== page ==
Tag: Rocket Lab

US Space Startup Rocket Lab Sets New Date For First Commercial Launch

US spaceflight startup Rocket Lab has scheduled new dates for its first commercial rocket launch — a mission dubbed “It’s Business Time.”

The company plans to launch its small rocket, the Electron, sometime between June 23rd and July 6th.

The rocket will take off from Rocket Lab’s New Zealand launchpad and carry five small satellites to orbit for customers, kicking off a busy year of commercial operations for the launch provider.

Rocket Lab originally hoped to do this mission back in April, but the company had to postpone after it noticed some strange behavior with the rocket.

After propping up the Electron on the launchpad and filling it with fuel, the engineering team found that a critical motor responsible for controlling the pumps inside the engines was acting funny.

So Rocket Lab decided to stand down to figure out what was causing the issue. “It’s been a really tough one to determine the root cause,” Rocket Lab CEO Peter Beck tells The Verge. “It wasn’t particularly obvious.

After a few months, Beck says the company has it figured out and made a few changes to the vehicle to ensure that motor works properly.

During the stand down, Rocket Lab decided to add a couple more satellites to the manifest for It’s Business Time.

Originally this mission was only going to send up two small Lemur-2 satellites made by Spire Global, as well as another probe made by Tyvak Nano-Satellite Systems.

Now, it’ll also include a research satellite built by students and a special test satellite that will demonstrate a flat, reflective sail.

The tech will help the probe get dragged down to Earth faster, helping clear satellites from space when they’re done with their missions.

This will be the third launch of Rocket Lab’s Electron vehicle. The company pulled off two successful test launches — one in May of last year and one in January — before deciding to move to commercial flights.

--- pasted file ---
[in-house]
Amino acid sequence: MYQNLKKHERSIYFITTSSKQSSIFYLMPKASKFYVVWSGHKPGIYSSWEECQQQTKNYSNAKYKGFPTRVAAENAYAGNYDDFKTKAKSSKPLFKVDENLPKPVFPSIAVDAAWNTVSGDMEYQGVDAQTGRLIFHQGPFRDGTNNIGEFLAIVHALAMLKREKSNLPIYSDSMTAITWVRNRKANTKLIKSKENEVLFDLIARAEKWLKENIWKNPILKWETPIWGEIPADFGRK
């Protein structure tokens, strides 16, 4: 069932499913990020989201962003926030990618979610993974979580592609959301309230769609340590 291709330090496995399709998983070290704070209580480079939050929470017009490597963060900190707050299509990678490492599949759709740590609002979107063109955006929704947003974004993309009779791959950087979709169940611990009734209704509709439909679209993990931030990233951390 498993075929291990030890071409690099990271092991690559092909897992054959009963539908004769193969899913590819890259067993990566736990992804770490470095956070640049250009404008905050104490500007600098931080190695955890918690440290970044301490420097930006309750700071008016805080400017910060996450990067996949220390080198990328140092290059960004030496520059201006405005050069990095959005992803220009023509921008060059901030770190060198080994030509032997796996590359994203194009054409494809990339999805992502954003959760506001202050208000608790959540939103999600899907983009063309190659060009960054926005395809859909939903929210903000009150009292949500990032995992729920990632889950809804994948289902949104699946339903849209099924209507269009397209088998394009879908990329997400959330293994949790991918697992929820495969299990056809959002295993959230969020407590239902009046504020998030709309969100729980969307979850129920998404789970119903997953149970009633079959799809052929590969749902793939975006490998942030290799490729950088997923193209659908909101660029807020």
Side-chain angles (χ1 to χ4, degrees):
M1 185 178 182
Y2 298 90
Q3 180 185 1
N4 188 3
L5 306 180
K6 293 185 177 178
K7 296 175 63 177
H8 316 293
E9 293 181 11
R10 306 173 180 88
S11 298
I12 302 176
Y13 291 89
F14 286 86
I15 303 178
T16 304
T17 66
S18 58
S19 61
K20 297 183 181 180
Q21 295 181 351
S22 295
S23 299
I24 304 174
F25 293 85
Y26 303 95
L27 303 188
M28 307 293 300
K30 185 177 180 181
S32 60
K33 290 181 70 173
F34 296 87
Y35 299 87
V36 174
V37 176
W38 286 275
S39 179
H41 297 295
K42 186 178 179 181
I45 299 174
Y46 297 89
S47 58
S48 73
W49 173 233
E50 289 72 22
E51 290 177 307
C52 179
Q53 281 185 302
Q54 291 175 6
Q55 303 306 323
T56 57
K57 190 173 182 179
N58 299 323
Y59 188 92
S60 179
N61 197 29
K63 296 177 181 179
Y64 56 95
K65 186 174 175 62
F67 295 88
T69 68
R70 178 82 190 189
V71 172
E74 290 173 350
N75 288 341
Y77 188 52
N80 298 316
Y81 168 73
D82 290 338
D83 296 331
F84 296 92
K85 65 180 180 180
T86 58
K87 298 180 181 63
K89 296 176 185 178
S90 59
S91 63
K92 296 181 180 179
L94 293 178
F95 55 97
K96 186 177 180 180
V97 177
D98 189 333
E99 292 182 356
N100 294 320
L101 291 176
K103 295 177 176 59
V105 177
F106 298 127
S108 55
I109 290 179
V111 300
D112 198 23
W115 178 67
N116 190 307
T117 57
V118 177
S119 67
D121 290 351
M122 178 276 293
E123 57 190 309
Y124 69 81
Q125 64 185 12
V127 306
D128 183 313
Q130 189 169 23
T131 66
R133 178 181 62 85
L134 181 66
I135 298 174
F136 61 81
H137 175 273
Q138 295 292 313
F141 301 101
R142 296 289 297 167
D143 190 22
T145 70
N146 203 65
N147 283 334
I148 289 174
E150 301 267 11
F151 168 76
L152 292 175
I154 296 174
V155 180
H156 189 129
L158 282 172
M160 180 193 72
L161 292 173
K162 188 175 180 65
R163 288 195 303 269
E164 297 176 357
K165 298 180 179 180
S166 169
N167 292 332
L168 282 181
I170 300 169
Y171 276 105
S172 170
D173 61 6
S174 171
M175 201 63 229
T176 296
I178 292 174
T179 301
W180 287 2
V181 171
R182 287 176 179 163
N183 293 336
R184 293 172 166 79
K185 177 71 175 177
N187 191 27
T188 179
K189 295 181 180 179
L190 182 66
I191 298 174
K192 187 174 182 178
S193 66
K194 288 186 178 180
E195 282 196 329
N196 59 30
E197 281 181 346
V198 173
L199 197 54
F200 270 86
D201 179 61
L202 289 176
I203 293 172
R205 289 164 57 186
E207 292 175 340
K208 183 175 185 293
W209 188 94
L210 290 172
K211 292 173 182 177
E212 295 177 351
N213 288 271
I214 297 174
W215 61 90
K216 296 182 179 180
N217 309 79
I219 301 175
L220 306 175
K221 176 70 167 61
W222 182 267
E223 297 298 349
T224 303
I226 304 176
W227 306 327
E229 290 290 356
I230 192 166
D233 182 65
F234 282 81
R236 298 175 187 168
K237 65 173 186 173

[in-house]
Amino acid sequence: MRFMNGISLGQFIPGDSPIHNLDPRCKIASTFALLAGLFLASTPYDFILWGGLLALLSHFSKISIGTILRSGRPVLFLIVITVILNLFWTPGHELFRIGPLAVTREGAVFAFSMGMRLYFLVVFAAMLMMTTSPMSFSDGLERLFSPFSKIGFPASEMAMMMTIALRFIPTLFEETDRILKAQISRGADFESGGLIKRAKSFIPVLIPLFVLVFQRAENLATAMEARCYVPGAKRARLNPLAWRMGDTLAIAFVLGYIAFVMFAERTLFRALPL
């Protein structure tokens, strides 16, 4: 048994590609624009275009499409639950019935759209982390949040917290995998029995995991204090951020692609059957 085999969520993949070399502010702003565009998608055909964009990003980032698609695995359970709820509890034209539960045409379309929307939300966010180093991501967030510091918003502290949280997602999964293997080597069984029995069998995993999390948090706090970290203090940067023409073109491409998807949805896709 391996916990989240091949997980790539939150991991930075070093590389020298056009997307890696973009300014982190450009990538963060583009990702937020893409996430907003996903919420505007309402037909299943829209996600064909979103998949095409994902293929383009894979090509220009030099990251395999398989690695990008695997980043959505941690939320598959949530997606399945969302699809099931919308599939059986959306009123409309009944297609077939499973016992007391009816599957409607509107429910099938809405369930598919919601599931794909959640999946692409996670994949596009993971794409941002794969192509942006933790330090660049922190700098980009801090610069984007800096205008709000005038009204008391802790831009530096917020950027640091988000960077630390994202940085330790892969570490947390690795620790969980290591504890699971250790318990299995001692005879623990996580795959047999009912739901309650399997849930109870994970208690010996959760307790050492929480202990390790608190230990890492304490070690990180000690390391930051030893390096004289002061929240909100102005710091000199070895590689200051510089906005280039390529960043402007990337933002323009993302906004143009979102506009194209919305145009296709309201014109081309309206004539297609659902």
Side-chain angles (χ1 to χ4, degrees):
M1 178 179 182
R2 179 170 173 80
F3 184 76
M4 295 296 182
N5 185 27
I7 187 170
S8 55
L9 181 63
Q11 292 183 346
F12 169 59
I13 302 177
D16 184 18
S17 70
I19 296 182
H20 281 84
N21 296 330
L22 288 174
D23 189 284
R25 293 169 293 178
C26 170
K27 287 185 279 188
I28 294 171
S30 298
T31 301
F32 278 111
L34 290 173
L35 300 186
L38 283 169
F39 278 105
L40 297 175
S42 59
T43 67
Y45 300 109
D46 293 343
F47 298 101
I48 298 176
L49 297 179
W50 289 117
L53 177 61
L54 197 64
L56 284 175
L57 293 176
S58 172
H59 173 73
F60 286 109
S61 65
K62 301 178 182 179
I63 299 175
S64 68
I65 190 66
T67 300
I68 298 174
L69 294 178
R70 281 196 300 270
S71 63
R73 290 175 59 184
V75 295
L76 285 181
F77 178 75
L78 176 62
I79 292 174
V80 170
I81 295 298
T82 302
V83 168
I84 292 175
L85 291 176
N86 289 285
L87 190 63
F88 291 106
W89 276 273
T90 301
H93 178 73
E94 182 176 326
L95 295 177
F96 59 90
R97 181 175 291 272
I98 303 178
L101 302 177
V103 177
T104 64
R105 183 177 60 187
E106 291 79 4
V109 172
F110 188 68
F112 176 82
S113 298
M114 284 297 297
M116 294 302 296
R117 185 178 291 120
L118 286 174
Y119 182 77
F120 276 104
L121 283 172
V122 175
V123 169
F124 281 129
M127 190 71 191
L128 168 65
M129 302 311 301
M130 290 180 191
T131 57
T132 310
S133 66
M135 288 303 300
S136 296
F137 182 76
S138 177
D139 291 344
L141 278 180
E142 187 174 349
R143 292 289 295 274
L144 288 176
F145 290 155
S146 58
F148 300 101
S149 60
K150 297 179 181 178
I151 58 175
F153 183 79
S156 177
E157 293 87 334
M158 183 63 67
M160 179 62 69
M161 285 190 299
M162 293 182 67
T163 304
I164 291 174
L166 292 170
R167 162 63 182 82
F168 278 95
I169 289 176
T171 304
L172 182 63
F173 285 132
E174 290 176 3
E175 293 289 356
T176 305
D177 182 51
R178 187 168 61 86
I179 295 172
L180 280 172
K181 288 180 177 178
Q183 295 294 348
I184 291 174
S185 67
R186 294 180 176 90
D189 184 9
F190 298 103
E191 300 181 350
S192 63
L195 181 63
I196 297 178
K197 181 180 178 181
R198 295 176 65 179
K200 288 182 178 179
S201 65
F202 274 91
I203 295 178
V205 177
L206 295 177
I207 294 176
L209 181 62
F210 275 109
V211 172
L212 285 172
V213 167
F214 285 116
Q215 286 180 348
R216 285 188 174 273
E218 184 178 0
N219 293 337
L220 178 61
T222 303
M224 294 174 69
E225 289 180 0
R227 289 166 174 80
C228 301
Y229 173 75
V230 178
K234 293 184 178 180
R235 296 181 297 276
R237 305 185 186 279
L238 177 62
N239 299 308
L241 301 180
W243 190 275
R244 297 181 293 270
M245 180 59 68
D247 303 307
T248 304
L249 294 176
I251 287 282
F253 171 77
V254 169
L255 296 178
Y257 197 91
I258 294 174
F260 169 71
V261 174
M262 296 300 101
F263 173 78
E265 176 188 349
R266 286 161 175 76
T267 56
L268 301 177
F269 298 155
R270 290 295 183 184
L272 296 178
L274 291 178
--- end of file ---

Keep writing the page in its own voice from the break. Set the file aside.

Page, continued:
During the first test launch, the rocket made it to space, but it didn’t reach orbit due to a glitch in communications equipment on the ground.

The second test, however, did achieve orbit and deposited three satellites as well as a disco-ball-like sphere made by Beck himself.

Originally, Rocket Lab had planned to do a third test flight, but it decided that it had gathered enough data with its two tests to start business operations.

Once this commercial flight gets off the ground, Beck maintains that Rocket Lab has a full couple of years ahead.

There’s no space available in 2018, and we’re putting more flights on in 2019 to allow for more space,” says Beck.

The next flight after It’s Business Time will be one for NASA, sending up 11 standardized small satellites called CubeSats.

Rocket Lab’s goal is to be a dedicated launcher of small satellites. That’s why its primary rocket isn’t very big.

The Electron stands at just 55 feet tall and is capable of putting between 330 and 500 pounds of cargo into low Earth orbit.

In comparison, SpaceX’s Falcon 9 is 230 feet tall and can put 50,000 pounds into the same orbit.

Rocket Lab’s idea is to capitalize on the small satellite revolution, in which manufacturers are making spacecraft smaller and faster than ever before.

To that end, Rocket Lab also hopes to be able to get satellites into orbit as quickly as possible, eventually getting to a point where the company can launch every 72 hours.

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Pass it on: Popular Science

Rocket Lab’s Electron Is Making Space Open For Business (Feat. CEO Peter Beck)

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Rocket Lab is a private space company out of New Zealand founded by rocket engineer Peter Beck. Their goal is to open up space and satellite technology for business by building cheap, disposable rockets that are powerful and flexible.